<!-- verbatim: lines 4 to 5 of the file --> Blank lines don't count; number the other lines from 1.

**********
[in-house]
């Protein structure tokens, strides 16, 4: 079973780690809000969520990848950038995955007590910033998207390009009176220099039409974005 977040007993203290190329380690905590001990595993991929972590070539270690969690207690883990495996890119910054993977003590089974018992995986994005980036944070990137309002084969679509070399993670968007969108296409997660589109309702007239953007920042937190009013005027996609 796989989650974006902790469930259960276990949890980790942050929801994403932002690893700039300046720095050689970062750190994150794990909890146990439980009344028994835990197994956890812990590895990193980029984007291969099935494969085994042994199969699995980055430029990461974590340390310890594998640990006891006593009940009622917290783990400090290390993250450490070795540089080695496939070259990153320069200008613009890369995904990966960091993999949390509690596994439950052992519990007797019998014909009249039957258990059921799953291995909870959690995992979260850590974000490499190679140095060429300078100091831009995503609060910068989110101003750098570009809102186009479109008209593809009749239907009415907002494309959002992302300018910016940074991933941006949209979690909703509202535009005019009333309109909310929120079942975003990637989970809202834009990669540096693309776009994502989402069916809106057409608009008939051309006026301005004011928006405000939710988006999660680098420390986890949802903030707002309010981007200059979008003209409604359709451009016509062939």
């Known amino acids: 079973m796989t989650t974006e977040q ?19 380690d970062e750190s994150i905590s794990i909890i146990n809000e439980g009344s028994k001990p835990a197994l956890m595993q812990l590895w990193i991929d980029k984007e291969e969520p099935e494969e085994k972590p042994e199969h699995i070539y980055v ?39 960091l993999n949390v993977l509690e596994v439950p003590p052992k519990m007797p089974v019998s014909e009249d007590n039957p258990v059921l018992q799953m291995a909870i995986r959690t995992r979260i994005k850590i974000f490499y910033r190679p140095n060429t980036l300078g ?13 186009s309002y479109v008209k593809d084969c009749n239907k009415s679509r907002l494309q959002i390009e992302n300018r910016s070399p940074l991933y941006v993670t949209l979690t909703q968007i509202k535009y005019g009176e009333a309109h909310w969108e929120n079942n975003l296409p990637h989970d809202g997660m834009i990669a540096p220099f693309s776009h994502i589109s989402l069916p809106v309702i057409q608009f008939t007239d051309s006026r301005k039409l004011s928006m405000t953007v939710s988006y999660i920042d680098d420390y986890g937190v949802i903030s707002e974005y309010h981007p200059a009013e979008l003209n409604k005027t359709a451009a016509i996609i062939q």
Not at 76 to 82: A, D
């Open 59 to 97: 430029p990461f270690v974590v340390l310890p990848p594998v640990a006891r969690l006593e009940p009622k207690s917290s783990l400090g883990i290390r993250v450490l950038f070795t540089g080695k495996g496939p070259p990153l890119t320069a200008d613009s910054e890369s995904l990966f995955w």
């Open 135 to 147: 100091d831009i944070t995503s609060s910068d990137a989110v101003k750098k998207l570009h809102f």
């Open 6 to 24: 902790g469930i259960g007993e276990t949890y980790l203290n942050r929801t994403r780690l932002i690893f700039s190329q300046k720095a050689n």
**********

Not at 76 to 82: A, D
């Open 59 to 97: 430029p990461f270690v974590v340390l310890p990848p594998v640990a006891r969690l006593e009940p009622k207690s917290s783990l400090g883990i290390r993250v450490l950038f070795t540089g080695k495996g496939p070259p990153l890119t320069a200008d613009s910054e890369s995904l990966f995955w």